Nets win game of the year in Portland, 109-107
That’s better than anything I could do for an introduction. If Twitter is really down for the count, the Brooklyn Nets account is going out with a bang, posting deep-fried photos of a guy who came to training camp without a guaranteed contract. But nothing else, absolutely nothing else I could think of, comes close to describing feeling of the Nets’ 109-107 win Thursday night in Portland in the game of the year, so far.
And I don’t mean the game of the year in the winning sense. It was the best game the Nets have played this season, in terms of quality of play and entertainment factor. Portland came to play. They created advantages like we thought they would, with Brooklyn struggling to contain the big body of Jusuf Nurkic. Their wings wreaked havoc, with rookie Shaedon Sharpe scoring a career-high 20 points, Jerami Grant playing excellent defense on Kevin Durant (right down to the last possession), and Justise Winslow and Nassir Little leading Portland in plus-minus, no coincidence. They even opened an 11-point lead deep into the third quarter, after a see-saw contest up to that point.
It would have been understandable (if not easy to deal with) if the Nets had laid down and died at that point. It was, after all, an infamous last game on a West Coast road trip. Brooklyn faced a team with a 10-4 record, tops in the Western Conference. The Nets had played so well in the first half, with so many positives, and are potentially looking forward to Kyrie Irving’s return in the next game. All that would have been enough to leave the Moda center with his head held high.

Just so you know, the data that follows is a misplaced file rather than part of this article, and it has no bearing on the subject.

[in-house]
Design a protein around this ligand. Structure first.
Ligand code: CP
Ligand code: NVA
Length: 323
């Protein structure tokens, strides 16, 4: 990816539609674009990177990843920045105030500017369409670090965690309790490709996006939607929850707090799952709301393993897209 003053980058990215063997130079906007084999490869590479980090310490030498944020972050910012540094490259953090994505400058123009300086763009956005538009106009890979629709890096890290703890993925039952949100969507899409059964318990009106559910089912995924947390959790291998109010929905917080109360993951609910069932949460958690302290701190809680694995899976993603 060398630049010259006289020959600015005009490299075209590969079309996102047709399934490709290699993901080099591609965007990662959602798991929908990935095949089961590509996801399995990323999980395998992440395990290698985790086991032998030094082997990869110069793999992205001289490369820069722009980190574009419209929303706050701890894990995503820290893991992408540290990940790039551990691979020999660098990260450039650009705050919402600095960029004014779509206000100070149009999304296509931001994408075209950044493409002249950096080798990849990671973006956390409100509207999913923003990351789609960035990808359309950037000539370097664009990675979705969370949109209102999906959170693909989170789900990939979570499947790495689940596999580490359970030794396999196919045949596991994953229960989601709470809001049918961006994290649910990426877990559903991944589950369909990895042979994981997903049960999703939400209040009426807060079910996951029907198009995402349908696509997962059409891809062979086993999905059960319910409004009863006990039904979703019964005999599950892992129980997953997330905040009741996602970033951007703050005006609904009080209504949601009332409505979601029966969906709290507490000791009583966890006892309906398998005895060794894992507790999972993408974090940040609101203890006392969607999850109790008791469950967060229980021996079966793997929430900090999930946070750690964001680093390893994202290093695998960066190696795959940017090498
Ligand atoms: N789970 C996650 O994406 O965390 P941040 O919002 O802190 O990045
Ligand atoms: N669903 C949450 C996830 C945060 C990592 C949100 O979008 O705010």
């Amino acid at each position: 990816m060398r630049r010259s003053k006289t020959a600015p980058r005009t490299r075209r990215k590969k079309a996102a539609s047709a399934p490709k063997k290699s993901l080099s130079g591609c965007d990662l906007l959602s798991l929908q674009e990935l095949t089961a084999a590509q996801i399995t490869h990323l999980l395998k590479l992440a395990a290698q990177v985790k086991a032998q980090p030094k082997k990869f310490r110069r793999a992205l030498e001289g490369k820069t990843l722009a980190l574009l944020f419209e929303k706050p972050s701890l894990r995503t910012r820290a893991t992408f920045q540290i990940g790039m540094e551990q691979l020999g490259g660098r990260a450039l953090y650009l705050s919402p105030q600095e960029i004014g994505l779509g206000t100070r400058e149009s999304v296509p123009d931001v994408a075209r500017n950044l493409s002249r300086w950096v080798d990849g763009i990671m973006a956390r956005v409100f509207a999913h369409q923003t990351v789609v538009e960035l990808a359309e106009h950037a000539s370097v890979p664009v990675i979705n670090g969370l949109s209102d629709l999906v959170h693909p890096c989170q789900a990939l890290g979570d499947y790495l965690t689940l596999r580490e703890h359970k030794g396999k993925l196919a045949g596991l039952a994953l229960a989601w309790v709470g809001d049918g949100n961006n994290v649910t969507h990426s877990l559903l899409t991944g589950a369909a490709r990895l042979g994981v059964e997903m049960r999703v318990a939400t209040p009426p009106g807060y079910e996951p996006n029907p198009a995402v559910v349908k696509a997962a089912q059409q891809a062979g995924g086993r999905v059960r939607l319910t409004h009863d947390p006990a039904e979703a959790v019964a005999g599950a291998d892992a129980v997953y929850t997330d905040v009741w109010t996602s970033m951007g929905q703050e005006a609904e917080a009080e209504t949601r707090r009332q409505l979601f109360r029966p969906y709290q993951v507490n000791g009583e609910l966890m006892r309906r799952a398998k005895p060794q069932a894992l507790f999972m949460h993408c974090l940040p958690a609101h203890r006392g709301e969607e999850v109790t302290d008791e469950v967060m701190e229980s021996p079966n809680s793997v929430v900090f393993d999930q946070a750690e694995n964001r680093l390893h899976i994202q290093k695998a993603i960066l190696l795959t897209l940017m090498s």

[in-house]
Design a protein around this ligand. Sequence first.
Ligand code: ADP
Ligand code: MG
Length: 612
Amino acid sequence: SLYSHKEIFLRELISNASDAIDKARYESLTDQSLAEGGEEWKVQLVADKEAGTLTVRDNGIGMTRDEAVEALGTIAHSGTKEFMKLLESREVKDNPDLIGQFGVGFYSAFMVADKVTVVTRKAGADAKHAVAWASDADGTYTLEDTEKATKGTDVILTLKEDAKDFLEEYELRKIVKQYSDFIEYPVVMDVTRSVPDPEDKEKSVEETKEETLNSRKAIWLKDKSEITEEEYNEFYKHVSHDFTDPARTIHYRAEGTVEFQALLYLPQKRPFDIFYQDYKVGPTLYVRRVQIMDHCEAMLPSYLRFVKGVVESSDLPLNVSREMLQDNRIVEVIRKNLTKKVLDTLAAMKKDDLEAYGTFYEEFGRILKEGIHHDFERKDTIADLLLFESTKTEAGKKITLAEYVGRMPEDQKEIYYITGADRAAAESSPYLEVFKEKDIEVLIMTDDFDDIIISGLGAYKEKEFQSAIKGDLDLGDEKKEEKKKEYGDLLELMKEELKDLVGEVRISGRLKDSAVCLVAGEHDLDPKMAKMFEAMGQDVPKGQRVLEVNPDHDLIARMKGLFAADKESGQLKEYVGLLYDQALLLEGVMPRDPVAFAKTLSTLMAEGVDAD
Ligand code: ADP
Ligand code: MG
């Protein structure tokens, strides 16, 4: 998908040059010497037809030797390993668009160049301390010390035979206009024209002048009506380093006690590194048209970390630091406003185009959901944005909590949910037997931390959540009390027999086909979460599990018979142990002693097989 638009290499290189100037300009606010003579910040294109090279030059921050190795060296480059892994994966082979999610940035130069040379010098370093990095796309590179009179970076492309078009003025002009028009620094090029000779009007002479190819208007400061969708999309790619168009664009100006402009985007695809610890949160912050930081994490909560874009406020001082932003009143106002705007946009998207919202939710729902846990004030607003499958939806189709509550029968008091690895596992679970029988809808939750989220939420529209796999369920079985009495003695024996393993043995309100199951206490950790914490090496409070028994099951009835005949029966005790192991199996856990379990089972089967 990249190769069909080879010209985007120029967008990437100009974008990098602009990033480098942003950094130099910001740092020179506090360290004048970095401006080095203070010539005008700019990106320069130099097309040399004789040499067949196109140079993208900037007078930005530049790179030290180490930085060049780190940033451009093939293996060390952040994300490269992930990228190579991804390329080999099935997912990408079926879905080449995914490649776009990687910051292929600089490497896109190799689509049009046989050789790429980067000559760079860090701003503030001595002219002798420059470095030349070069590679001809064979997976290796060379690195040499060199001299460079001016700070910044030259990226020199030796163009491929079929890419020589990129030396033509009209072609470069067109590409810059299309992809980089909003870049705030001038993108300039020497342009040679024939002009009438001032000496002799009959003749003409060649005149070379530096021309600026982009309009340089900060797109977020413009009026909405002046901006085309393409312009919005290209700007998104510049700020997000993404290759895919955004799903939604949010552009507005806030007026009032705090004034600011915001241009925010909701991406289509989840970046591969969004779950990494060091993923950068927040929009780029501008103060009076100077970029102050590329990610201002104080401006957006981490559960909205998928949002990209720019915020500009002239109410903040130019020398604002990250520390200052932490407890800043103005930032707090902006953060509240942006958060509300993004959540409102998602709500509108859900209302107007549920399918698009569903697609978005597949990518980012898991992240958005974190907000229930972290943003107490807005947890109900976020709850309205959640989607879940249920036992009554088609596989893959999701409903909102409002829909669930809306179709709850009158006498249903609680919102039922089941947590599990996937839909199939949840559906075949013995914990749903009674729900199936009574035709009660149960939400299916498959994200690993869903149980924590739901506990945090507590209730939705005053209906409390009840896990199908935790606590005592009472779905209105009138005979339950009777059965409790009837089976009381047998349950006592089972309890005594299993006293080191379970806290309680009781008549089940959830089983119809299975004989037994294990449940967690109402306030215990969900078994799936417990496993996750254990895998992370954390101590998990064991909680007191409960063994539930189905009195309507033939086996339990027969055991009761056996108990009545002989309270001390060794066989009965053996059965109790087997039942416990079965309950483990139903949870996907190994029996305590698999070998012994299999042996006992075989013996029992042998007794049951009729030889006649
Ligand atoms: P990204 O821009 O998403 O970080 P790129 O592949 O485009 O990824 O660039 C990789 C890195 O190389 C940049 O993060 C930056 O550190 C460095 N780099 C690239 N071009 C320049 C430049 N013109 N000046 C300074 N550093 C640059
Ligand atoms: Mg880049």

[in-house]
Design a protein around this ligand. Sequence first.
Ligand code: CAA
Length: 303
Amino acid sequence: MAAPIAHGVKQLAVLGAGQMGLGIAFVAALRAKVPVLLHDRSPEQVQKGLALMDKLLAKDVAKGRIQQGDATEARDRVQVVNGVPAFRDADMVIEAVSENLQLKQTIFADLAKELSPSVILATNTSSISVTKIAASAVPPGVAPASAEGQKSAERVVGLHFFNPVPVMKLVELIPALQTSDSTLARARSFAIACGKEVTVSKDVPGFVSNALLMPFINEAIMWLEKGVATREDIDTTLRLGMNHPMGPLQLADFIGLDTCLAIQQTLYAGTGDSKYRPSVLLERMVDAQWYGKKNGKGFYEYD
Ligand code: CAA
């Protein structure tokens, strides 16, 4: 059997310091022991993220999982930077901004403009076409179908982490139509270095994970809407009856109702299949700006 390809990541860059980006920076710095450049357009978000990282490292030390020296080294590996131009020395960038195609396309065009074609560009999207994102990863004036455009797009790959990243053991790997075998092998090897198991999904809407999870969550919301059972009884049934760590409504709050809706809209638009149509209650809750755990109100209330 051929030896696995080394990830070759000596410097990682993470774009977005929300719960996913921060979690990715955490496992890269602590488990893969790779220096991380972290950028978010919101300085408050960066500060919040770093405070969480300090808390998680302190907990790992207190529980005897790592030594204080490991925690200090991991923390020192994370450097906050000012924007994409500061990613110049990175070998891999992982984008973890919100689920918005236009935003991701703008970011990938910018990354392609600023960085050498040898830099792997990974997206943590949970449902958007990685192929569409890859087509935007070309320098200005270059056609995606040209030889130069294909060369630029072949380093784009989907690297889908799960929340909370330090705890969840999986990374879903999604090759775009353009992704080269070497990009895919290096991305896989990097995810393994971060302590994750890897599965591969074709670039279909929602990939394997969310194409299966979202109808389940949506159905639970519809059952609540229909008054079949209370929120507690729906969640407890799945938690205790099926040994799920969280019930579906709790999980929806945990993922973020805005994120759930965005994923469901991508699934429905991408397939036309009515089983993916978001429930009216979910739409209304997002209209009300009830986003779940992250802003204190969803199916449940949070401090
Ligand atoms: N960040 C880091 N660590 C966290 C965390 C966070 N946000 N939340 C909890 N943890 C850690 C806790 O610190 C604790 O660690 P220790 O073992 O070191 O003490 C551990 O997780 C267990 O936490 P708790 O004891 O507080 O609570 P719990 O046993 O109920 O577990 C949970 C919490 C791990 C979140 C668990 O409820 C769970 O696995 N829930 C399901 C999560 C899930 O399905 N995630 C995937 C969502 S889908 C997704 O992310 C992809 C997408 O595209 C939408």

Instead, they ended the third quarter with a 14-0 lead. Suddenly the game became a must-win of sorts; the possibility of such a life-injecting victory was now firmly in their grasp, and letting it slip through would have hurt worse than settling into the night. Brooklyn was able to capitalize on that opportunity.
How did they do it?
There are a few performances that are responsible for this victory. Some were collective, like the help defense, consistent offensive pace and commitment to rebounding. But I would like to highlight a few individuals. I’d be hard-pressed not to mention Yuta Watanabe first, who went 5-of-7 from deep, and they weren’t all pressure-free practice shots either…
Watch closely: he catches it on the fly, in semi-transition, hesitates, re-sets his feet and drills the triple with a finish coming. There certainly is one added value shot. But it wasn’t just the shooting (or cutting to the basket, which was largely responsible for his six free throw attempts).
On defense, Watanabe consistently made life easier for his teammates in help while also grabbing contested rebounds. He checked into the game and got the Damian Lillard assignment immediately. Yuta is here to stay, folks, and here to rock.
The other individual performance I want to mention was Ben Simmons. This was the first time he was consistently positive on the pitch. He didn’t just have positive flashes, or moments to build on. He was very good.
Offensively, he attacked the rim fairly consistently, though his finishes are still finesse, not power. But he and Joe Harris showed the kind of half-court chemistry you’d hope for right when Simmons netted. The kind of chemistry he had with a JJ Redick in Philly.
He also played a big hand in getting Brooklyn to increase its tempo and get into early offense, an offense that experienced much more success than their half-court counterpart. It wasn’t always easy, and Ben is still used to picking the ball up way too early, but forward passes like the one below consistently resulted in the smooth offensive flow the Nets need:
Simmons was also active and engaged on defense, making timely rotations with the deflections we became accustomed to seeing from him during his All-Star years. The kind of defense that, combined with other great athletes in Watanabe, Claxton and Durant, gives Brooklyn an energy that not every team can match. That’s why the Toronto Raptors are great to play, night in and night out. It’s hard to deal with a bunch of 6’10” guys who turn the tables and attack the offensive player. Aggressiveness doesn’t have to be a one-way street.